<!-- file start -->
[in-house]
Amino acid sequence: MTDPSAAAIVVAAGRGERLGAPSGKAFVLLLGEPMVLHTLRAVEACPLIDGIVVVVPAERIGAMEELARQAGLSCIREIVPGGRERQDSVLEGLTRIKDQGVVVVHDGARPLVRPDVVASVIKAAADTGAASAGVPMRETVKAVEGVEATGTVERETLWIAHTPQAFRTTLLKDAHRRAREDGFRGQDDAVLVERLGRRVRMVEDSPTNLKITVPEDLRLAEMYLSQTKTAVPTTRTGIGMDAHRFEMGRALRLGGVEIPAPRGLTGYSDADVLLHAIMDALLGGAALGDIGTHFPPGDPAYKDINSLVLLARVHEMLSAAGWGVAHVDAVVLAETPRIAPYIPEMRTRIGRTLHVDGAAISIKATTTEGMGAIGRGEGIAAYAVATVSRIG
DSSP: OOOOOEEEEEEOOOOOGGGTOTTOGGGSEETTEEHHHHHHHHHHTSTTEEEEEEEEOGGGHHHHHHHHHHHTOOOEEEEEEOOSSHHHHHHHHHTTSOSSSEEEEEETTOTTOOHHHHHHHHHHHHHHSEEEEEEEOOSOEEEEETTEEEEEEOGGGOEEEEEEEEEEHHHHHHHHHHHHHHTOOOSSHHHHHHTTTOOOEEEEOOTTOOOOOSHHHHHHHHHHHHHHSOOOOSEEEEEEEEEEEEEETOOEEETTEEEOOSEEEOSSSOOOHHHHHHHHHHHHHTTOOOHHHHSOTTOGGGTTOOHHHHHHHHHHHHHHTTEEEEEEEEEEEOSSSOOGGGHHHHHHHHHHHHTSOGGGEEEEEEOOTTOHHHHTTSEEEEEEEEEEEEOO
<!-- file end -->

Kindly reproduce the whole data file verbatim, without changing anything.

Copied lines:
[in-house]
Amino acid sequence: MTDPSAAAIVVAAGRGERLGAPSGKAFVLLLGEPMVLHTLRAVEACPLIDGIVVVVPAERIGAMEELARQAGLSCIREIVPGGRERQDSVLEGLTRIKDQGVVVVHDGARPLVRPDVVASVIKAAADTGAASAGVPMRETVKAVEGVEATGTVERETLWIAHTPQAFRTTLLKDAHRRAREDGFRGQDDAVLVERLGRRVRMVEDSPTNLKITVPEDLRLAEMYLSQTKTAVPTTRTGIGMDAHRFEMGRALRLGGVEIPAPRGLTGYSDADVLLHAIMDALLGGAALGDIGTHFPPGDPAYKDINSLVLLARVHEMLSAAGWGVAHVDAVVLAETPRIAPYIPEMRTRIGRTLHVDGAAISIKATTTEGMGAIGRGEGIAAYAVATVSRIG
DSSP: OOOOOEEEEEEOOOOOGGGTOTTOGGGSEETTEEHHHHHHHHHHTSTTEEEEEEEEOGGGHHHHHHHHHHHTOOOEEEEEEOOSSHHHHHHHHHTTSOSSSEEEEEETTOTTOOHHHHHHHHHHHHHHSEEEEEEEOOSOEEEEETTEEEEEEOGGGOEEEEEEEEEEHHHHHHHHHHHHHHTOOOSSHHHHHHTTTOOOEEEEOOTTOOOOOSHHHHHHHHHHHHHHSOOOOSEEEEEEEEEEEEEETOOEEETTEEEOOSEEEOSSSOOOHHHHHHHHHHHHHTTOOOHHHHSOTTOGGGTTOOHHHHHHHHHHHHHHTTEEEEEEEEEEEOSSSOOGGGHHHHHHHHHHHHTSOGGGEEEEEEOOTTOHHHHTTSEEEEEEEEEEEEOO